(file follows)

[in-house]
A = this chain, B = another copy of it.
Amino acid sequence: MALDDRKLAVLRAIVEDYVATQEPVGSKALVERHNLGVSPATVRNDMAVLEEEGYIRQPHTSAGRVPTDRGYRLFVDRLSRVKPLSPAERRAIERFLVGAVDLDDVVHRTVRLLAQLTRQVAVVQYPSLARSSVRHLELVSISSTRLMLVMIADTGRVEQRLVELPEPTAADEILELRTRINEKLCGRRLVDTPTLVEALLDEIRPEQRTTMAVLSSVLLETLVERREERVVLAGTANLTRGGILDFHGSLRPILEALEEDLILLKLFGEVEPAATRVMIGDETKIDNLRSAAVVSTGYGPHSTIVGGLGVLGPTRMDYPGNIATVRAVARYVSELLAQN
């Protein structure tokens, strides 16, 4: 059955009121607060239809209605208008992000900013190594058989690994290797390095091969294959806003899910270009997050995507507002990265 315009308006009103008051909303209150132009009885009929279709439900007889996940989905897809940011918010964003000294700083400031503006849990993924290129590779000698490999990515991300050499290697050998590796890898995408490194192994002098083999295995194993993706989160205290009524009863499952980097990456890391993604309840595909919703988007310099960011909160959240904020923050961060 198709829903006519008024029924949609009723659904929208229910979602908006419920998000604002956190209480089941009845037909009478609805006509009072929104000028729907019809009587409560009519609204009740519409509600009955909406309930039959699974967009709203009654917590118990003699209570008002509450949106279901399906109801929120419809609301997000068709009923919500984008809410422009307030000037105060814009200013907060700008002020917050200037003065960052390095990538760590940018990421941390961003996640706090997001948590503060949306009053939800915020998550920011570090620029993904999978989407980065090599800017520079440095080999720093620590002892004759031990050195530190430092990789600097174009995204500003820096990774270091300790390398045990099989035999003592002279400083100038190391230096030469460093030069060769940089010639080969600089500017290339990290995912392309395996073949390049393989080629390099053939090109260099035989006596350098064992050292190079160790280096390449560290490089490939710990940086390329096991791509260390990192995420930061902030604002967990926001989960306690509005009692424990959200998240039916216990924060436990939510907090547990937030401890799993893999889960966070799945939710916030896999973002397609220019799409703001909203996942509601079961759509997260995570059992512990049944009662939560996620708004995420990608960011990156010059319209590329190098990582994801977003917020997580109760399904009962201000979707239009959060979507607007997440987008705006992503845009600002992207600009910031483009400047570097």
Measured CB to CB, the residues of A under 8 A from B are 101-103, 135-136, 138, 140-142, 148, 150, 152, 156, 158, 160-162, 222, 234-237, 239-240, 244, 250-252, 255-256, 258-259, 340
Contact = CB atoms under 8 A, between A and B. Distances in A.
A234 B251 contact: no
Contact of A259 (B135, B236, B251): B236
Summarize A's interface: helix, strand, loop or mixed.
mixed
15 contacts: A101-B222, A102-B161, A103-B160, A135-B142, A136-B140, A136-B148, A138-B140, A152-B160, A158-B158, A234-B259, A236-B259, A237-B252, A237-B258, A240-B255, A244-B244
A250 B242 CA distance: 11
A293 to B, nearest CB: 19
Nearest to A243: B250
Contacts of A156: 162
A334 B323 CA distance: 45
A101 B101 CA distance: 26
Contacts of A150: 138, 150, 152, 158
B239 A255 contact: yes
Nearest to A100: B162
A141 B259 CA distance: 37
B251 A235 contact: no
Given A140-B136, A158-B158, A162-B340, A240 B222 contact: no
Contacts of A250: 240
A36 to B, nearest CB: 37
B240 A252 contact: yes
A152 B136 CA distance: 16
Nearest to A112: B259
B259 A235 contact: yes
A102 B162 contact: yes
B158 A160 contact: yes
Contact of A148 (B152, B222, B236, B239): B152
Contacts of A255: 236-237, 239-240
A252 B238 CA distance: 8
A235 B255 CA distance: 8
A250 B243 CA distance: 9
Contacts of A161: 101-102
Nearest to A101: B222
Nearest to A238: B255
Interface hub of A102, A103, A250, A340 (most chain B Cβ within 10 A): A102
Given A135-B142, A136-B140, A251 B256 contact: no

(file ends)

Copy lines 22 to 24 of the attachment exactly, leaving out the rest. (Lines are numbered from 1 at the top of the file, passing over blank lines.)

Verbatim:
B251 A235 contact: no
Given A140-B136, A158-B158, A162-B340, A240 B222 contact: no
Contacts of A250: 240